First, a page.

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Creating Tables of Our Own

I could have been either 11 or 12, I’m not sure. It was November, and my maternal grandmother — Grandmama, as we called her — announced that Sister Jackson would be coming to Thanksgiving dinner in a few days. (We were black Baptists, so everyone was “Sister This,” or “Brother That,” or “Pastor Him.” They were always “him” because they were always men.)

Sister Jackson was a member of my childhood church who belonged to Grandmama’s choir. Occasionally, we’d take her home after Sunday service or Thursday night choir rehearsal. But Grandmama was taking it a step further this time because she didn’t like Sister Jackson’s living conditions or the way her family neglected her. So Grandmama was having her over for Thanksgiving dinner. End of story. People like Grandmama who have been excluded from others’ tables often do the work of creating their own.

Which is why it can be misleading when we hear about exclusion from tables in our own day and time. Whether the exclusion is rooted in racism, sexism, white supremacy, transantagonism, heterosexism, or some other form of boundary-drawing, we often assume that if someone is excluded from our table, they aren’t eating at all.

I have never not lived in the South. My father’s parents descended from enslaved black people in South Carolina, and my mother’s parents descended from enslaved black people in Texas and Louisiana. I was raised in North Texas, educated in Tennessee and Virginia, and now serve a parish in Memphis. Central to black Southern experiences — and I use the word “experiences” intentionally, since there is nothing monolithic about any of this — is cuisine.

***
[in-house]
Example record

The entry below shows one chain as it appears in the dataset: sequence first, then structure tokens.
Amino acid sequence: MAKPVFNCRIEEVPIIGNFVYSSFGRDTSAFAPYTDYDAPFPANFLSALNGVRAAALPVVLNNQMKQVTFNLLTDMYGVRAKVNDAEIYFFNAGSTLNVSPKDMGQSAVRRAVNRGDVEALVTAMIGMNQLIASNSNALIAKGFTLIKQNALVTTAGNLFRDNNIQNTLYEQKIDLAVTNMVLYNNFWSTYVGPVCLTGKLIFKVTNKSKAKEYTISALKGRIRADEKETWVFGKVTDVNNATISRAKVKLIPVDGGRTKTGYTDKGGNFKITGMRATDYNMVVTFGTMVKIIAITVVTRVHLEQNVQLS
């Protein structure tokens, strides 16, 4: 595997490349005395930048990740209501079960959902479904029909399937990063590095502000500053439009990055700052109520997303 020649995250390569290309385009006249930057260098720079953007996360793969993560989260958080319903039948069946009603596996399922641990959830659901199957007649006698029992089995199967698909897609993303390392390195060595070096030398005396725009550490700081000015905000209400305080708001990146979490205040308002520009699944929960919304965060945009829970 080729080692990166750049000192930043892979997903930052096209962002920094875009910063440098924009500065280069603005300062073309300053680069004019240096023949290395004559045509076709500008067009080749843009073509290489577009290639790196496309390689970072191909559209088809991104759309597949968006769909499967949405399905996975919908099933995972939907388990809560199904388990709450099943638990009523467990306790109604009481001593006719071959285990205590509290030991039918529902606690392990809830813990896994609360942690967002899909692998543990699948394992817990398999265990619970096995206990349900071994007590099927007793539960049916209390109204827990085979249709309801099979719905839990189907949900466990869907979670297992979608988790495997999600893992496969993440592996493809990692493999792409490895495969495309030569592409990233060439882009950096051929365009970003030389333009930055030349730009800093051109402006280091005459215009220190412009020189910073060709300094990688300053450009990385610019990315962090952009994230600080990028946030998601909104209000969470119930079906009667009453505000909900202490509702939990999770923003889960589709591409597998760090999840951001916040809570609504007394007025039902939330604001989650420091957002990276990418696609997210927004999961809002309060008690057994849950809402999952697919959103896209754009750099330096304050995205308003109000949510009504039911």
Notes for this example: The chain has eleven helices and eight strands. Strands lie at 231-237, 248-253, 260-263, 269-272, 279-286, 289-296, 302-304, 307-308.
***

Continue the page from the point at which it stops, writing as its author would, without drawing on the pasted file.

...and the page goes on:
For instance, I can’t tell you what was discussed at that Thanksgiving dinner in 2001 or 2002, but I can tell you what we ate: collard and mustard greens, green beans infused with dry salt jowl and new potatoes, hen and dressing, candied yams, pig’s feet, a honey-covered ham, corn and cornbread, sock-it-to-me cake. My ancestors made do with the leftovers, the parts of the pig and other labor camp property their white enslavers didn’t want. The white enslavers — who are my ancestors as well, but that is a long story — thought they were excluding my black ancestors from their tables. But my black ancestors created tables of their own.

One needs only a casual relationship with the Gospels to notice that Jesus was more concerned with tables than with the Temple. The Gospel According to St. John opens with Jesus attending a wedding reception in Cana of Galilee, and the Gospel According to St. Luke contains story after story of Jesus eating with people the establishment understood as undesirable, social and religious liabilities.

Take, for instance, the number of times the author of Luke’s Gospel mentions Jesus at a table: five. Once at Levi’s house with a hoard of tax collectors and other social outcasts; once at a Pharisee’s house where he dignifies a woman’s offering of expensive ointment; another stint at a Pharisee’s house where he is cross-examined by the religious and political establishment; once in an upper room with his disciples just before his crucifixion; and once after his resurrection, on the road to Emmaus.